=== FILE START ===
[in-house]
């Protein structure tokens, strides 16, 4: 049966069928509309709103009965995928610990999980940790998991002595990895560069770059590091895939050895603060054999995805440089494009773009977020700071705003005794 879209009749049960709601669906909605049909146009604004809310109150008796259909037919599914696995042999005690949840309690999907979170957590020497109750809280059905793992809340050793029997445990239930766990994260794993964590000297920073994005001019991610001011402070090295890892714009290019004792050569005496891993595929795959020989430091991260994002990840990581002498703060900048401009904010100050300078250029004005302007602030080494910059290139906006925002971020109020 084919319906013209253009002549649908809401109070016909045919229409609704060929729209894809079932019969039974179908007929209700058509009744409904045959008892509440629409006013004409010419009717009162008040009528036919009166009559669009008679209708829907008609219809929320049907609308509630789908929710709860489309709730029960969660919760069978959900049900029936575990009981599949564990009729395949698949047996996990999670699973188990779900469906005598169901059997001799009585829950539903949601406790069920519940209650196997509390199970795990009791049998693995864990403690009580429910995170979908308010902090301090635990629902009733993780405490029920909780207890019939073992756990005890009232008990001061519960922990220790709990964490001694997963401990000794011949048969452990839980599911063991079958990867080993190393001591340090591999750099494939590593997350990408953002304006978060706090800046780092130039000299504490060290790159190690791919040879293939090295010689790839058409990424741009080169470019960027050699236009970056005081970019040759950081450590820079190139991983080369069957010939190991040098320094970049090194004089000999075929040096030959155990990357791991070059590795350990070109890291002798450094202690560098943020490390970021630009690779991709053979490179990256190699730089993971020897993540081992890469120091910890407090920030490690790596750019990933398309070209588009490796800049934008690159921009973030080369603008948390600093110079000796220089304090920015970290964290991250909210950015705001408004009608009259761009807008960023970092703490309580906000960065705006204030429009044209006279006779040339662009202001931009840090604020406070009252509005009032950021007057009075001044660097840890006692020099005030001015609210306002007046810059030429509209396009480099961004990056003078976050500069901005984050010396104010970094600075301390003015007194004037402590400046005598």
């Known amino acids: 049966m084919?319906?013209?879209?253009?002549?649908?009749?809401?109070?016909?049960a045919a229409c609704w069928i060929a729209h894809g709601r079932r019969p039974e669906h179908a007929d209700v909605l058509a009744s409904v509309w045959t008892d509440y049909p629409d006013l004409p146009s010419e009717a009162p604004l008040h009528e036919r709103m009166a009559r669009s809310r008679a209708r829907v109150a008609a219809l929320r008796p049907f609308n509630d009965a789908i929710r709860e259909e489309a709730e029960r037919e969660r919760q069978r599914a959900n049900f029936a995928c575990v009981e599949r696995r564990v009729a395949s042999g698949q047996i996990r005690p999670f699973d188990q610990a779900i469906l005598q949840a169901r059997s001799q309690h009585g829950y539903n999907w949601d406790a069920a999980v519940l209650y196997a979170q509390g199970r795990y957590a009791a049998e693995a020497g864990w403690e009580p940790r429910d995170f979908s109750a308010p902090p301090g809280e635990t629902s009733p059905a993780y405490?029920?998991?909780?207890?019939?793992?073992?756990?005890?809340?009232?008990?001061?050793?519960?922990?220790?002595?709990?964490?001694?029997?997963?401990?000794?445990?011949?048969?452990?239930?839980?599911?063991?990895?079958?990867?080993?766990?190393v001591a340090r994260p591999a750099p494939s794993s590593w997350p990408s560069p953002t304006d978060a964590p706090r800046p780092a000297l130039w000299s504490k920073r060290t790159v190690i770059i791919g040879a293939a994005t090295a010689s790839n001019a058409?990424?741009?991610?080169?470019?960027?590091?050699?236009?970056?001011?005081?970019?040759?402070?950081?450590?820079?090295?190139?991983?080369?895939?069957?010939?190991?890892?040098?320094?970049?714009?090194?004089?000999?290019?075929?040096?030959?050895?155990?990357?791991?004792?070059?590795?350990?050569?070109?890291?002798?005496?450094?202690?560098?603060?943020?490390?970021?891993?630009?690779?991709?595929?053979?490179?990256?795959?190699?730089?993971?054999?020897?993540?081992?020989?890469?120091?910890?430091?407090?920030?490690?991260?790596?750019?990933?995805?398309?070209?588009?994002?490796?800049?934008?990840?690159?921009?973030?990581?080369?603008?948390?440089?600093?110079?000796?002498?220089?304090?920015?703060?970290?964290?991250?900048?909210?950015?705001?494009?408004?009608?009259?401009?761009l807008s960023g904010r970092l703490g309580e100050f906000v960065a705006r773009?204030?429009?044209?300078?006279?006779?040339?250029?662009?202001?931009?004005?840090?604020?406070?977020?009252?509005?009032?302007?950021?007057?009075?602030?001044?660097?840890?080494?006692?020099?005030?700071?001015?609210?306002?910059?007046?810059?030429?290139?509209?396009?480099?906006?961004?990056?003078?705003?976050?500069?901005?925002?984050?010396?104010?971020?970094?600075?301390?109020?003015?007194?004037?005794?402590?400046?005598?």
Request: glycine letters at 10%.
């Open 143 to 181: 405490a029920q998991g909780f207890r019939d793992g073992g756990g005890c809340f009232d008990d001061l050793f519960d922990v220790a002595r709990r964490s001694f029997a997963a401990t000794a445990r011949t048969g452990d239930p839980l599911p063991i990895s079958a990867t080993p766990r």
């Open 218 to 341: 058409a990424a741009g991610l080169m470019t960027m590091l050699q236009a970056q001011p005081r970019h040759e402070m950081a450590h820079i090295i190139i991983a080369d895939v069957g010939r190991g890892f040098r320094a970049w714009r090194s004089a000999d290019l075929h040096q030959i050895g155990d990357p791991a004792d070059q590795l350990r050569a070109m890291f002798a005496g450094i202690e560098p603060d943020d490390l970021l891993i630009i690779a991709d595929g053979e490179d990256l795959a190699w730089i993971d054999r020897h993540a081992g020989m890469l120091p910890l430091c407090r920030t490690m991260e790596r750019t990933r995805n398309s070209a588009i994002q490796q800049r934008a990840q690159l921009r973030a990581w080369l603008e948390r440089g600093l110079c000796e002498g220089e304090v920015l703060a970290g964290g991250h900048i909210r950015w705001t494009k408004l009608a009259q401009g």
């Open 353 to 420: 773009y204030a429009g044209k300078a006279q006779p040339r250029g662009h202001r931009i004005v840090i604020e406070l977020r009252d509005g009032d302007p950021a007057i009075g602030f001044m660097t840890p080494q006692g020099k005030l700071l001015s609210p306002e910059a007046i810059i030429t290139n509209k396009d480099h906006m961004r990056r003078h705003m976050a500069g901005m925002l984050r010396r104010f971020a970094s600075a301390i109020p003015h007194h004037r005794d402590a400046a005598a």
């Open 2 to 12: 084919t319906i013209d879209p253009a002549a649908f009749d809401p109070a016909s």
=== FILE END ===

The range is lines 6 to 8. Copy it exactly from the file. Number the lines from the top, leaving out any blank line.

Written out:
């Open 218 to 341: 058409a990424a741009g991610l080169m470019t960027m590091l050699q236009a970056q001011p005081r970019h040759e402070m950081a450590h820079i090295i190139i991983a080369d895939v069957g010939r190991g890892f040098r320094a970049w714009r090194s004089a000999d290019l075929h040096q030959i050895g155990d990357p791991a004792d070059q590795l350990r050569a070109m890291f002798a005496g450094i202690e560098p603060d943020d490390l970021l891993i630009i690779a991709d595929g053979e490179d990256l795959a190699w730089i993971d054999r020897h993540a081992g020989m890469l120091p910890l430091c407090r920030t490690m991260e790596r750019t990933r995805n398309s070209a588009i994002q490796q800049r934008a990840q690159l921009r973030a990581w080369l603008e948390r440089g600093l110079c000796e002498g220089e304090v920015l703060a970290g964290g991250h900048i909210r950015w705001t494009k408004l009608a009259q401009g």
């Open 353 to 420: 773009y204030a429009g044209k300078a006279q006779p040339r250029g662009h202001r931009i004005v840090i604020e406070l977020r009252d509005g009032d302007p950021a007057i009075g602030f001044m660097t840890p080494q006692g020099k005030l700071l001015s609210p306002e910059a007046i810059i030429t290139n509209k396009d480099h906006m961004r990056r003078h705003m976050a500069g901005m925002l984050r010396r104010f971020a970094s600075a301390i109020p003015h007194h004037r005794d402590a400046a005598a």
């Open 2 to 12: 084919t319906i013209d879209p253009a002549a649908f009749d809401p109070a016909s």